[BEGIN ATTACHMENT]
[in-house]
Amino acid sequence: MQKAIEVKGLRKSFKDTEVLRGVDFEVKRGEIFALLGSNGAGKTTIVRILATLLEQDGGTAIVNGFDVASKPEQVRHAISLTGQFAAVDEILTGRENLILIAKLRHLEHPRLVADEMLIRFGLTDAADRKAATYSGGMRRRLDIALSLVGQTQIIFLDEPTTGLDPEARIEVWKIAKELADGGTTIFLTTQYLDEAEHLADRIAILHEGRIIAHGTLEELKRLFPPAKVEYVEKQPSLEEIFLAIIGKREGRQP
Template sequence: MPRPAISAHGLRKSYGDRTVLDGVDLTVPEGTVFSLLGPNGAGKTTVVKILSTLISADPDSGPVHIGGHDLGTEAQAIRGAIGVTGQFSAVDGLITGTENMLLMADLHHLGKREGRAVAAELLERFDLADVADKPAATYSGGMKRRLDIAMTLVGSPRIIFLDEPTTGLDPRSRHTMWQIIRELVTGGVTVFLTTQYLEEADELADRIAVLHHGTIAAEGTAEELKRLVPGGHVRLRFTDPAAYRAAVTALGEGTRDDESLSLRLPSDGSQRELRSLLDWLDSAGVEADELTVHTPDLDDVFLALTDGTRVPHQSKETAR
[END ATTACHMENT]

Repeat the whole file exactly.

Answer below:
[in-house]
Amino acid sequence: MQKAIEVKGLRKSFKDTEVLRGVDFEVKRGEIFALLGSNGAGKTTIVRILATLLEQDGGTAIVNGFDVASKPEQVRHAISLTGQFAAVDEILTGRENLILIAKLRHLEHPRLVADEMLIRFGLTDAADRKAATYSGGMRRRLDIALSLVGQTQIIFLDEPTTGLDPEARIEVWKIAKELADGGTTIFLTTQYLDEAEHLADRIAILHEGRIIAHGTLEELKRLFPPAKVEYVEKQPSLEEIFLAIIGKREGRQP
Template sequence: MPRPAISAHGLRKSYGDRTVLDGVDLTVPEGTVFSLLGPNGAGKTTVVKILSTLISADPDSGPVHIGGHDLGTEAQAIRGAIGVTGQFSAVDGLITGTENMLLMADLHHLGKREGRAVAAELLERFDLADVADKPAATYSGGMKRRLDIAMTLVGSPRIIFLDEPTTGLDPRSRHTMWQIIRELVTGGVTVFLTTQYLEEADELADRIAVLHHGTIAAEGTAEELKRLVPGGHVRLRFTDPAAYRAAVTALGEGTRDDESLSLRLPSDGSQRELRSLLDWLDSAGVEADELTVHTPDLDDVFLALTDGTRVPHQSKETAR